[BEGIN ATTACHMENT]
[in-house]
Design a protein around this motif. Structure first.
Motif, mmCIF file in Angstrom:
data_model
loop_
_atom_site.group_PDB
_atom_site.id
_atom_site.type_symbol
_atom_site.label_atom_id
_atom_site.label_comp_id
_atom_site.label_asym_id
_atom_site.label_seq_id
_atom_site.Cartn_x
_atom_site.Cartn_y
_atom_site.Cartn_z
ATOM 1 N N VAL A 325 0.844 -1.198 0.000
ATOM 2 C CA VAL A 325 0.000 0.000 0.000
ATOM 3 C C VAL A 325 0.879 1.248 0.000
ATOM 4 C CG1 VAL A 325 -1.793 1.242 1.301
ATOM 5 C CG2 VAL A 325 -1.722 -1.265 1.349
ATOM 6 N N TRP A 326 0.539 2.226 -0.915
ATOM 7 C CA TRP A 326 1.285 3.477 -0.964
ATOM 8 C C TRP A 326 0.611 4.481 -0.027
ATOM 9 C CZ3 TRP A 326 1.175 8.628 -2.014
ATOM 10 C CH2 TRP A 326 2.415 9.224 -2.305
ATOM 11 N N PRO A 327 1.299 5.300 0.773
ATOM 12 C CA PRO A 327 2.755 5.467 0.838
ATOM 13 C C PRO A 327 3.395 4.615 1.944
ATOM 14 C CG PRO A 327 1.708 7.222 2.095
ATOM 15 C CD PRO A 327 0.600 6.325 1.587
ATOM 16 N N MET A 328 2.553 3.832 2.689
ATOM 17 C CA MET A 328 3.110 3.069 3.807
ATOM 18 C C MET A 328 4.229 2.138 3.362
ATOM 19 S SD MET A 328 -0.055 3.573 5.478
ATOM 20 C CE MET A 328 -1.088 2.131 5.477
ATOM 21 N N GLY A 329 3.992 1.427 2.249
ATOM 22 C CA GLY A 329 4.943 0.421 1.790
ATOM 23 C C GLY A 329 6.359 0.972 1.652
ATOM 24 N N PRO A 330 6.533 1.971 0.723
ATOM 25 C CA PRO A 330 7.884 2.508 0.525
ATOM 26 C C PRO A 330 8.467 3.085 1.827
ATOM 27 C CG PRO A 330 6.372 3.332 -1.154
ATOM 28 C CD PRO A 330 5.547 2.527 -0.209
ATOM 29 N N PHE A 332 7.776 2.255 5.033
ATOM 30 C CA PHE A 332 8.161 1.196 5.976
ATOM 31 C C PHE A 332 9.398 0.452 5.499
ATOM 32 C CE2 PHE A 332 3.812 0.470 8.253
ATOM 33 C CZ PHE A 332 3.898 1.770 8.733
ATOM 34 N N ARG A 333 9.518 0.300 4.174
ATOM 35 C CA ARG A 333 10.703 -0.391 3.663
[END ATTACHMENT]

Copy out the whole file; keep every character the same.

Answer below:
[in-house]
Design a protein around this motif. Structure first.
Motif, mmCIF file in Angstrom:
data_model
loop_
_atom_site.group_PDB
_atom_site.id
_atom_site.type_symbol
_atom_site.label_atom_id
_atom_site.label_comp_id
_atom_site.label_asym_id
_atom_site.label_seq_id
_atom_site.Cartn_x
_atom_site.Cartn_y
_atom_site.Cartn_z
ATOM 1 N N VAL A 325 0.844 -1.198 0.000
ATOM 2 C CA VAL A 325 0.000 0.000 0.000
ATOM 3 C C VAL A 325 0.879 1.248 0.000
ATOM 4 C CG1 VAL A 325 -1.793 1.242 1.301
ATOM 5 C CG2 VAL A 325 -1.722 -1.265 1.349
ATOM 6 N N TRP A 326 0.539 2.226 -0.915
ATOM 7 C CA TRP A 326 1.285 3.477 -0.964
ATOM 8 C C TRP A 326 0.611 4.481 -0.027
ATOM 9 C CZ3 TRP A 326 1.175 8.628 -2.014
ATOM 10 C CH2 TRP A 326 2.415 9.224 -2.305
ATOM 11 N N PRO A 327 1.299 5.300 0.773
ATOM 12 C CA PRO A 327 2.755 5.467 0.838
ATOM 13 C C PRO A 327 3.395 4.615 1.944
ATOM 14 C CG PRO A 327 1.708 7.222 2.095
ATOM 15 C CD PRO A 327 0.600 6.325 1.587
ATOM 16 N N MET A 328 2.553 3.832 2.689
ATOM 17 C CA MET A 328 3.110 3.069 3.807
ATOM 18 C C MET A 328 4.229 2.138 3.362
ATOM 19 S SD MET A 328 -0.055 3.573 5.478
ATOM 20 C CE MET A 328 -1.088 2.131 5.477
ATOM 21 N N GLY A 329 3.992 1.427 2.249
ATOM 22 C CA GLY A 329 4.943 0.421 1.790
ATOM 23 C C GLY A 329 6.359 0.972 1.652
ATOM 24 N N PRO A 330 6.533 1.971 0.723
ATOM 25 C CA PRO A 330 7.884 2.508 0.525
ATOM 26 C C PRO A 330 8.467 3.085 1.827
ATOM 27 C CG PRO A 330 6.372 3.332 -1.154
ATOM 28 C CD PRO A 330 5.547 2.527 -0.209
ATOM 29 N N PHE A 332 7.776 2.255 5.033
ATOM 30 C CA PHE A 332 8.161 1.196 5.976
ATOM 31 C C PHE A 332 9.398 0.452 5.499
ATOM 32 C CE2 PHE A 332 3.812 0.470 8.253
ATOM 33 C CZ PHE A 332 3.898 1.770 8.733
ATOM 34 N N ARG A 333 9.518 0.300 4.174
ATOM 35 C CA ARG A 333 10.703 -0.391 3.663